Today we went on a field trip to the VLA, the MRO, and the poorly named Water Canyon. We’d begun preparing for the trip on Sunday, when we watched Contact, so that we would know the correct pose and props required for visiting the VLA. In the morning, Mathis prepared by putting on his safety orange field trip jacket and his makeshift camelbak, and the rest of us piled into vans and SUVs, and promptly fell asleep (or played mafia, or argued about the ongoing game of Diplomacy).
Once we arrived, we went on a tour of the control room and supercomputer building. The tour ended on a balcony overlooking one arm of the array, which an unnamed student used to throw his ID down into the abyss (which turned out to be an easily accessible maintenance truck). Then we walked over to the closest dish, where we began the crucially important activity of taking our Jodie Foster pictures. After a quick trip to the gift shop, we got back into the vans to go to Water Canyon for lunch. Water Canyon, we had been warned, had no water, which was quickly proven true by the few brave souls who tried to use the “bathrooms” there.
Before heading up to MRO, we were warned extensively about the dangers of bears, dehydration, mountain roads, altitude sickness, and moths. Then we drove up the dusty but scenic road to MRO, where we could see all the way out of the forest into the desert below. At MRO, we got a tour of the control room and attached apartments (with impressively dark shades), while the TAs went on an “extra special VIP tour”. Then we went up three flights of stairs to the telescope itself, which was a struggle at 10000 feet. Inside the dome, we watched the telescope and dome move at their impressive missile-tracking speed, and then climbed up onto the telescope to take endless group photos and selfies in the telescope’s main mirror.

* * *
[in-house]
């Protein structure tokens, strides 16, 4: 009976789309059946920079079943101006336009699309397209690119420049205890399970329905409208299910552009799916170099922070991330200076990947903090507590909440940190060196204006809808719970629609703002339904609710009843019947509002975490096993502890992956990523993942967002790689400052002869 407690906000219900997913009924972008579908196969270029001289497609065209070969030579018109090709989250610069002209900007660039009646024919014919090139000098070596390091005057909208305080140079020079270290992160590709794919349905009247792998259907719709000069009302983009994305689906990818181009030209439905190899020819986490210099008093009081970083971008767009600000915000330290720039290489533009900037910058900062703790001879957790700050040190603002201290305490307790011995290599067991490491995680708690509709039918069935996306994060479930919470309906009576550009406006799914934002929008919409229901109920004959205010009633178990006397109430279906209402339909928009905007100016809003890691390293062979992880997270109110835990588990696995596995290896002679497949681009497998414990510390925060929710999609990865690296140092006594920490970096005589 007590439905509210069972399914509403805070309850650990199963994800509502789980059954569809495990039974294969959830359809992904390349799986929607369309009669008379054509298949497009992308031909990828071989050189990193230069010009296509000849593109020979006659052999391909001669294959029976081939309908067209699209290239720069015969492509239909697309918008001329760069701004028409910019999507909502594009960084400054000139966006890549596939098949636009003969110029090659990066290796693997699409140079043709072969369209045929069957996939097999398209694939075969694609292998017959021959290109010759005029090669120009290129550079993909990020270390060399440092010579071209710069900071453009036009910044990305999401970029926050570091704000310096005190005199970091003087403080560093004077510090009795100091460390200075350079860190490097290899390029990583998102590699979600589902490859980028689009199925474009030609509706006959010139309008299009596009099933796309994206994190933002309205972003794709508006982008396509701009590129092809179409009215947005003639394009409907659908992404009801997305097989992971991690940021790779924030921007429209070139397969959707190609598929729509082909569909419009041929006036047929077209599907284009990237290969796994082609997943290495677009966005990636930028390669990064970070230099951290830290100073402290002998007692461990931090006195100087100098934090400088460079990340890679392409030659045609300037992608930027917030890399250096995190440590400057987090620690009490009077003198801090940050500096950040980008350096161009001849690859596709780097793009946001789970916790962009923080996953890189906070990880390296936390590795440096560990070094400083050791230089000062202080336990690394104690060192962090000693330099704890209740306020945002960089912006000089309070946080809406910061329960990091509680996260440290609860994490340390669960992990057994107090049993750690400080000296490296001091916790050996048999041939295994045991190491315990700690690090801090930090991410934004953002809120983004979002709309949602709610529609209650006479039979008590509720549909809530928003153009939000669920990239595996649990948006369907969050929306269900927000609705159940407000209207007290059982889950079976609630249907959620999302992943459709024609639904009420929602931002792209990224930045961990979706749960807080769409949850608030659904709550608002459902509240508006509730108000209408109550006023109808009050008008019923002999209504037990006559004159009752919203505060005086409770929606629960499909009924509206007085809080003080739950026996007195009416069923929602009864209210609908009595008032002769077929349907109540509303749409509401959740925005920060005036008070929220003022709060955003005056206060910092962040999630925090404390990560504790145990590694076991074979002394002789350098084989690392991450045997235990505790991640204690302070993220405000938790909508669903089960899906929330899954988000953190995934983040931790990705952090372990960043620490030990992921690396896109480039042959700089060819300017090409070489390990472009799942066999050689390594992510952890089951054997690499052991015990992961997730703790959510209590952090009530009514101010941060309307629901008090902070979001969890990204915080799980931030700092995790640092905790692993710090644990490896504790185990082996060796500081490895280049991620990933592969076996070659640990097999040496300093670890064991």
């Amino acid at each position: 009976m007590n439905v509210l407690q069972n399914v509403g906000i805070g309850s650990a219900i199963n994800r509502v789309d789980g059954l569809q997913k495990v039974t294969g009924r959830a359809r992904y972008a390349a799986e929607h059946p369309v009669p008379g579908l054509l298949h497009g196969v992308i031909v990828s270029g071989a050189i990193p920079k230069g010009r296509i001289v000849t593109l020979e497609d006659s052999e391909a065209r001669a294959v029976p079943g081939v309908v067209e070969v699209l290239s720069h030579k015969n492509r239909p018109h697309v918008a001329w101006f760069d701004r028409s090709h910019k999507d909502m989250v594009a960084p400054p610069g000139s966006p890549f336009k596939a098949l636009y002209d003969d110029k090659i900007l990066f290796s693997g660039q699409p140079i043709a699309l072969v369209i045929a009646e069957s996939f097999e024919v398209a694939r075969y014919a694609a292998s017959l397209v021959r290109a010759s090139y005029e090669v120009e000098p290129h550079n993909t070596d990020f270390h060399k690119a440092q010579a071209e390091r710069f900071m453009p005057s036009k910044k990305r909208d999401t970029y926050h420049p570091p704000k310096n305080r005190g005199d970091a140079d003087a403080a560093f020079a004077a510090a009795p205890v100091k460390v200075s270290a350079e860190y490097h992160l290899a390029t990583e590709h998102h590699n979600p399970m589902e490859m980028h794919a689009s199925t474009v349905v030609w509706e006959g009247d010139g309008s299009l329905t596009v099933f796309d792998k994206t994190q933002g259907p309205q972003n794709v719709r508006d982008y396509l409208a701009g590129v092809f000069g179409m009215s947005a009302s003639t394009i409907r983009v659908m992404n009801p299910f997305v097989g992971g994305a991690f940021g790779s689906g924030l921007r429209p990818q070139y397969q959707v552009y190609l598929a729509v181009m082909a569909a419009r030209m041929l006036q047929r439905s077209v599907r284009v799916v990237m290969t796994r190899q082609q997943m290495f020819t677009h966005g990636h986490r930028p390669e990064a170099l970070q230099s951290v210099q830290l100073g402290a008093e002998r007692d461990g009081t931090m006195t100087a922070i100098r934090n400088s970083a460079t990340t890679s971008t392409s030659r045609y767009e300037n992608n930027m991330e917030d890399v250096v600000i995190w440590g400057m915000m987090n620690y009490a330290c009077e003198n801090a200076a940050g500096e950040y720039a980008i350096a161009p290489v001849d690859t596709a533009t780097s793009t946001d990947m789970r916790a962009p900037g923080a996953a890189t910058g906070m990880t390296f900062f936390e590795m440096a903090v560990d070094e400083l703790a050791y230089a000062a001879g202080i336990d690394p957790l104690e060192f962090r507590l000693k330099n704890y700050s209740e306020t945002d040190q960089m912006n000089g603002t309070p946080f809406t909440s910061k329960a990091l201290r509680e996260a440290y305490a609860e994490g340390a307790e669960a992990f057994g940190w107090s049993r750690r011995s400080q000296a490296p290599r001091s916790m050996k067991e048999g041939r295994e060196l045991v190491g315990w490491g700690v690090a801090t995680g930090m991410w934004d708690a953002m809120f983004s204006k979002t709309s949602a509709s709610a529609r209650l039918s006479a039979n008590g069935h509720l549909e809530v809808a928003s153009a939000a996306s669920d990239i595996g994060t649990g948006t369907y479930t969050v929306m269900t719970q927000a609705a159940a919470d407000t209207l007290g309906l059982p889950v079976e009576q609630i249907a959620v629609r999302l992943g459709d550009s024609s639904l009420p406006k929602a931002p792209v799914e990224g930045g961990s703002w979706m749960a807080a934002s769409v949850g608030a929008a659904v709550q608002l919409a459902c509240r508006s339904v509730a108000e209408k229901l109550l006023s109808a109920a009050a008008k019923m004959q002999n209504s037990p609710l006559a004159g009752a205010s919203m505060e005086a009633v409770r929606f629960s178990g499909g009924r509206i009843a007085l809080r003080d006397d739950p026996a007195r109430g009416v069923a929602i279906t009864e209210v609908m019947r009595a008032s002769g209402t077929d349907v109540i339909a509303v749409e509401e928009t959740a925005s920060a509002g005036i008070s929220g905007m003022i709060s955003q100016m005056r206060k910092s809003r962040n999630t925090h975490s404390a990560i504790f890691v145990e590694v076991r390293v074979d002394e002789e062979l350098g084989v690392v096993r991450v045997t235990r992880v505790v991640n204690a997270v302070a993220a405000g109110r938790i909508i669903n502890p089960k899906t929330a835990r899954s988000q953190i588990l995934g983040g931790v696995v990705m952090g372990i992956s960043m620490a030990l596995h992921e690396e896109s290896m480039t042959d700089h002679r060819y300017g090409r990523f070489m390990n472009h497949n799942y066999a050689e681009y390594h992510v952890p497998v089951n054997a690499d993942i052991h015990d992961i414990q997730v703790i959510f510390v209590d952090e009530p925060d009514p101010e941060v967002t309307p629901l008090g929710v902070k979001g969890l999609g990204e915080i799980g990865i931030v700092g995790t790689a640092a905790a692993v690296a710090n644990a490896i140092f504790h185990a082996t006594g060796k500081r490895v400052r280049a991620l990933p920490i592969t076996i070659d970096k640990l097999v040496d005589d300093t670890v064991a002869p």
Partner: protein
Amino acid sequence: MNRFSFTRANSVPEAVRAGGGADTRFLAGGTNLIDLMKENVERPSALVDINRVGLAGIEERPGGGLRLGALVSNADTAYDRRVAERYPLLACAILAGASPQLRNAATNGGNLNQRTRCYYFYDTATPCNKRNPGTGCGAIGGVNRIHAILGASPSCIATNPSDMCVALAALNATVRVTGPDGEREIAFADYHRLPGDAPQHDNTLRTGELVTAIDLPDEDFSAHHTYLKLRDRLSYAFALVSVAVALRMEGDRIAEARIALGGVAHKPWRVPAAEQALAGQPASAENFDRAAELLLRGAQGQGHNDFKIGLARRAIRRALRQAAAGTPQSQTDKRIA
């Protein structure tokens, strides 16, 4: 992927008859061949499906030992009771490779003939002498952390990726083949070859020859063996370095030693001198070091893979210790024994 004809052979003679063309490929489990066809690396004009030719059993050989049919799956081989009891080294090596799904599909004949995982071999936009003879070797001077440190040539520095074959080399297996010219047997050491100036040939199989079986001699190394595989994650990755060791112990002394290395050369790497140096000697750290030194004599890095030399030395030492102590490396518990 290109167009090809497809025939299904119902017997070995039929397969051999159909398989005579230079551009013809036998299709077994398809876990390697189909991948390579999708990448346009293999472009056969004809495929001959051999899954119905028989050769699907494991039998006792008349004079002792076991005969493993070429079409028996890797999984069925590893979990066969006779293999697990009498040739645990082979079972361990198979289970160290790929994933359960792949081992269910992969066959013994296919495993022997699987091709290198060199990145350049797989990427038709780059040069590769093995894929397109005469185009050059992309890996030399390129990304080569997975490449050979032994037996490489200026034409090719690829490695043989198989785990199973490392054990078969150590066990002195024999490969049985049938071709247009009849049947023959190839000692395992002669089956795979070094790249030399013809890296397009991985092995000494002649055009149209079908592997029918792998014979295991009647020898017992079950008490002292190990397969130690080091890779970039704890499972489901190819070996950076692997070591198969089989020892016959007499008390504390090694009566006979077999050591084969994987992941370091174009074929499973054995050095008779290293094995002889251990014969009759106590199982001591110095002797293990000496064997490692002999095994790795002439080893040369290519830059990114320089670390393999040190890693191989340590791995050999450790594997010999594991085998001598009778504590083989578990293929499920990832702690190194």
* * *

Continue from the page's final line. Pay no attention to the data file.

On the way back down the mountain, in the brief time before I fell asleep again, I thought about how much programming I had to do, but also how much we had already learned and accomplished. We’re all making good progress on the code for finding and measuring our asteroids, and my group, Cloudy with a Chance of Asteroids, even had a chance to take “pretty pictures” last night (we chose the Dumbbell Nebula).